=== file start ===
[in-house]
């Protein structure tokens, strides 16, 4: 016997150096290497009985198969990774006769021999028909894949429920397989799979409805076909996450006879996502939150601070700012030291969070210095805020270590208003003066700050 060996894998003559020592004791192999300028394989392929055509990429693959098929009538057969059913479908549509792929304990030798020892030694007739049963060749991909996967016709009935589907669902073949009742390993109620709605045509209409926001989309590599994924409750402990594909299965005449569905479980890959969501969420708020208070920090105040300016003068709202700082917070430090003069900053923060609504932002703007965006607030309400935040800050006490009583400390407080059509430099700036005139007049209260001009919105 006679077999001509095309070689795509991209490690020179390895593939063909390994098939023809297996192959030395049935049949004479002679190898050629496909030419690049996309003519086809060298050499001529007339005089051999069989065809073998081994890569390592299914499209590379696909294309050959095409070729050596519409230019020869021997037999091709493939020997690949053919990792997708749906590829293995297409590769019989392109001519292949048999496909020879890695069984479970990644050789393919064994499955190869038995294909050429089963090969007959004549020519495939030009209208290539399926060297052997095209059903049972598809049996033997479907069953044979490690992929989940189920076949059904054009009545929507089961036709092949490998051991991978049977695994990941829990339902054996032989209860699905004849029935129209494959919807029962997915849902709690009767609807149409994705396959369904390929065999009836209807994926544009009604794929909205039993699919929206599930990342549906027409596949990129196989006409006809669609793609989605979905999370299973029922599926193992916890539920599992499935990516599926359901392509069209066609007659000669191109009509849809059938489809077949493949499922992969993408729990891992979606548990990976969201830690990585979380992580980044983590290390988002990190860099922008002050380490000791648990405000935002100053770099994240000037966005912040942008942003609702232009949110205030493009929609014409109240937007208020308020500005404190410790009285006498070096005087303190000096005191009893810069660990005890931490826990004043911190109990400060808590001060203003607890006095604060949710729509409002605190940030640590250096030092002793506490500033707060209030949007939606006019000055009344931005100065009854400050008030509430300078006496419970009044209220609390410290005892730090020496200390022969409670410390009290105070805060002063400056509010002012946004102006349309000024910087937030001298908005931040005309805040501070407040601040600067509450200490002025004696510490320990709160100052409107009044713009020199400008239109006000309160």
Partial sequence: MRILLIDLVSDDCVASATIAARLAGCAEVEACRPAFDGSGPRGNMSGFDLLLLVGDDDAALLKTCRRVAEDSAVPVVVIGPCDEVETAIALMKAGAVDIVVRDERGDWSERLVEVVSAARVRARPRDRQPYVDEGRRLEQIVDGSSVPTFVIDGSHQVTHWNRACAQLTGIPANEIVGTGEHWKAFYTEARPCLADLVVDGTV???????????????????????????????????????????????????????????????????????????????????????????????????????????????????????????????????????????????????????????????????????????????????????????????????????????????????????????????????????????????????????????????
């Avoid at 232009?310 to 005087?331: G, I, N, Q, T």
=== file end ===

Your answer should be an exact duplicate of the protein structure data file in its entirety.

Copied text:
[in-house]
């Protein structure tokens, strides 16, 4: 016997150096290497009985198969990774006769021999028909894949429920397989799979409805076909996450006879996502939150601070700012030291969070210095805020270590208003003066700050 060996894998003559020592004791192999300028394989392929055509990429693959098929009538057969059913479908549509792929304990030798020892030694007739049963060749991909996967016709009935589907669902073949009742390993109620709605045509209409926001989309590599994924409750402990594909299965005449569905479980890959969501969420708020208070920090105040300016003068709202700082917070430090003069900053923060609504932002703007965006607030309400935040800050006490009583400390407080059509430099700036005139007049209260001009919105 006679077999001509095309070689795509991209490690020179390895593939063909390994098939023809297996192959030395049935049949004479002679190898050629496909030419690049996309003519086809060298050499001529007339005089051999069989065809073998081994890569390592299914499209590379696909294309050959095409070729050596519409230019020869021997037999091709493939020997690949053919990792997708749906590829293995297409590769019989392109001519292949048999496909020879890695069984479970990644050789393919064994499955190869038995294909050429089963090969007959004549020519495939030009209208290539399926060297052997095209059903049972598809049996033997479907069953044979490690992929989940189920076949059904054009009545929507089961036709092949490998051991991978049977695994990941829990339902054996032989209860699905004849029935129209494959919807029962997915849902709690009767609807149409994705396959369904390929065999009836209807994926544009009604794929909205039993699919929206599930990342549906027409596949990129196989006409006809669609793609989605979905999370299973029922599926193992916890539920599992499935990516599926359901392509069209066609007659000669191109009509849809059938489809077949493949499922992969993408729990891992979606548990990976969201830690990585979380992580980044983590290390988002990190860099922008002050380490000791648990405000935002100053770099994240000037966005912040942008942003609702232009949110205030493009929609014409109240937007208020308020500005404190410790009285006498070096005087303190000096005191009893810069660990005890931490826990004043911190109990400060808590001060203003607890006095604060949710729509409002605190940030640590250096030092002793506490500033707060209030949007939606006019000055009344931005100065009854400050008030509430300078006496419970009044209220609390410290005892730090020496200390022969409670410390009290105070805060002063400056509010002012946004102006349309000024910087937030001298908005931040005309805040501070407040601040600067509450200490002025004696510490320990709160100052409107009044713009020199400008239109006000309160």
Partial sequence: MRILLIDLVSDDCVASATIAARLAGCAEVEACRPAFDGSGPRGNMSGFDLLLLVGDDDAALLKTCRRVAEDSAVPVVVIGPCDEVETAIALMKAGAVDIVVRDERGDWSERLVEVVSAARVRARPRDRQPYVDEGRRLEQIVDGSSVPTFVIDGSHQVTHWNRACAQLTGIPANEIVGTGEHWKAFYTEARPCLADLVVDGTV???????????????????????????????????????????????????????????????????????????????????????????????????????????????????????????????????????????????????????????????????????????????????????????????????????????????????????????????????????????????????????????????
């Avoid at 232009?310 to 005087?331: G, I, N, Q, T």